Camping at Land Between the Lakes National Recreation Area - What You Need to Know
Ten times the size of Manhattan with over 1400 campsites and no full-time residents (other than park staff and many buried there) means Land Between the Lakes (LBL) has a lot of room to spread out. Dozens of coves and inlets were created when the Tennessee and Cumberland rivers were dammed in the 1940s and 1960s, respectively, resulting in the largest inland peninsula in the United States.
Spanning two states, Tennessee and Kentucky, The Woodlands Trace National Scenic Byway “The Trace” runs the 40-mile length of LBL from Dover, TN to Grand Rivers, KY. There are two welcome stations, one south, and one north, plus the Golden Pond Visitor Center and Planetarium in the center. All three have a dump station and freshwater fill.
What is there to do at LBL?
The question should be, what CAN’T you do at LBL? Every designated campground is on the water, all with access to the paddling trail surrounding the peninsula. Over two dozen boat ramps and two large lakes (Kentucky Lake and Lake Barkley) make this a paradise for recreational boating and fishing.
There are elk and bison herds, including the Bison Prairie, the Woodlands Nature Station, historical iron furnaces, Civil War battle sites and fort, a working farm, a planetarium and observatory, picnic areas, over 200 family cemeteries, 100 miles of equestrian trails, 261 miles of hiking trails, 70 miles of bike trails including single-track mountain bike trails, plus endless bird and wildlife spotting. Rounding it out is the Turkey Bay Off-Highway Vehicle Area.
Can you camp anywhere in LBL?
Yes, you may camp almost anywhere in LBL. A Basic Camping Permit is required for each person 18 and over when camping in Basic Camping Facilities. A Dispersed Camping Permit is required when camping in non-designated areas. Both permits currently cost $50 for an annual permit and $10 for a three-day permit and can be purchased online or at any LBL facility. Please note that these permits do not apply when camping at Self-Service Campgrounds.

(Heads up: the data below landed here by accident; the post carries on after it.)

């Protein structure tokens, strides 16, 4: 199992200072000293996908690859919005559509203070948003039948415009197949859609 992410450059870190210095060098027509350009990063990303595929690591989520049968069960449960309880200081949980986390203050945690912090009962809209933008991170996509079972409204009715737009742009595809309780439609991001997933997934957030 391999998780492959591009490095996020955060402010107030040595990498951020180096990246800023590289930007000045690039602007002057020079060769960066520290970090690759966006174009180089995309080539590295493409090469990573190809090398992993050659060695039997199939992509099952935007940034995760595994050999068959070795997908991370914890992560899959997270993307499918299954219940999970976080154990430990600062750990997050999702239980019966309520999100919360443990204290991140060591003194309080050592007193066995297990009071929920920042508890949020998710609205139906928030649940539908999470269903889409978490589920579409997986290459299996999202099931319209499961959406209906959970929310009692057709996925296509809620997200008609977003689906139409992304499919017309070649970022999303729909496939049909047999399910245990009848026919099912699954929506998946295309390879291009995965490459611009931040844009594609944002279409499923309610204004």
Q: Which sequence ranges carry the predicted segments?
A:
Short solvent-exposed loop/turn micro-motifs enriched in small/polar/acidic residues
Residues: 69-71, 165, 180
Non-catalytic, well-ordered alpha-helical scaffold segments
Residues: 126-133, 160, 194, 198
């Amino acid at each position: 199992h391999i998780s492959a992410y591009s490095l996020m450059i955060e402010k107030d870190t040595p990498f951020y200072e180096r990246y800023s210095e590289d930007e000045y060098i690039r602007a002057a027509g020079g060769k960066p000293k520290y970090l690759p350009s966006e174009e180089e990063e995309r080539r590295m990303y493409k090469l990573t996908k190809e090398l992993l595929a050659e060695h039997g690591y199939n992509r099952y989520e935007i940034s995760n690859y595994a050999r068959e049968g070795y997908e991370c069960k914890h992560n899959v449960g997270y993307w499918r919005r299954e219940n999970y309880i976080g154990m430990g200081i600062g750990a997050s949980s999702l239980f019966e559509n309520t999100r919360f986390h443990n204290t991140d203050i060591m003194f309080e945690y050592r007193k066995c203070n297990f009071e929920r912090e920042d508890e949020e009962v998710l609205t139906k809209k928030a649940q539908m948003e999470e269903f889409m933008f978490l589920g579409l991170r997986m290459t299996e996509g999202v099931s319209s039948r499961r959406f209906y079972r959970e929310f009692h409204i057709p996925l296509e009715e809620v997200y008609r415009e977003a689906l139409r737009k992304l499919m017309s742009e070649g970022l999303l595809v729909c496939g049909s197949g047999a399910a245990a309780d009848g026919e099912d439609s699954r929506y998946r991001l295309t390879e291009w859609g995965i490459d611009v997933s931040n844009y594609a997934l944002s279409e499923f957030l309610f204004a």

What are the different Types of Camping in LBL?
Camping in LBL ranges from full-service seasonal to primitive backcountry. All camping options require a permit, pass, or nightly fee. All camping is first-come, first-served except the 4 developed campgrounds. Due to the range of camping options, with each having its own fee structure, be sure to check online or with park staff before choosing your campsite.
The majority of designated campsites at LBL are located in the 4 full-service campgrounds. From south to north, they are Piney, Wranglers, Energy Lake & Hillman Ferry. Reservations can be made on the LBL website.
At Self-Service Campgrounds, you choose a site, fill out a provided fee envelope, insert your camping fee (starting at $10 or $5 per night with a valid national park pass) into the envelope, and deposit it in the “Iron Ranger” fee tube. Registration is required within 30 minutes of setting up your camp. Self-Service Campgrounds offer basic amenities, including designated campsite pads, picnic tables, grills, fire rings, vault toilets, trash pickup, lake access, and boat ramps.
Self-Service Campgrounds include:
- Cravens Bay (seasonal camping available)
- Fenton (30 amp hookups available)
- Nickell Branch
- Birmingham Ferry
- Smith Bay
- Sugar Bay
- Taylor Bay (seasonal camping available)
- Redd Hollow
- Boswell Landing
- Gatlin Point
Twin Lakes is the only basic campground. Located near the North Welcome Station, it has easy access and appeals to those who prefer designated campsites and a few amenities. Basic campgrounds require a basic camping permit - $10 per person for 3 days over 18, or $50 annually.
Basic Camping Areas
Located at the end of a road near the water, basic camping areas are open areas without defined campsites. Amenities vary by area but might include a vault toilet, boat ramp, picnic tables, and fire rings. Check the listings on the General Information and Map brochure available at the welcome stations or online. A basic camping permit allows you to camp anywhere in a camping area. Basic camping areas worth checking out are:
Dispersed camping is anywhere along forest roads or the lakeshore throughout the recreation area that are not designated as camping areas. Be sure to review the Camping Rules to comply with LBL regulations regarding where camping is allowed. A Dispersed Camping Permit is required and costs the same as a Basic Camping Permit.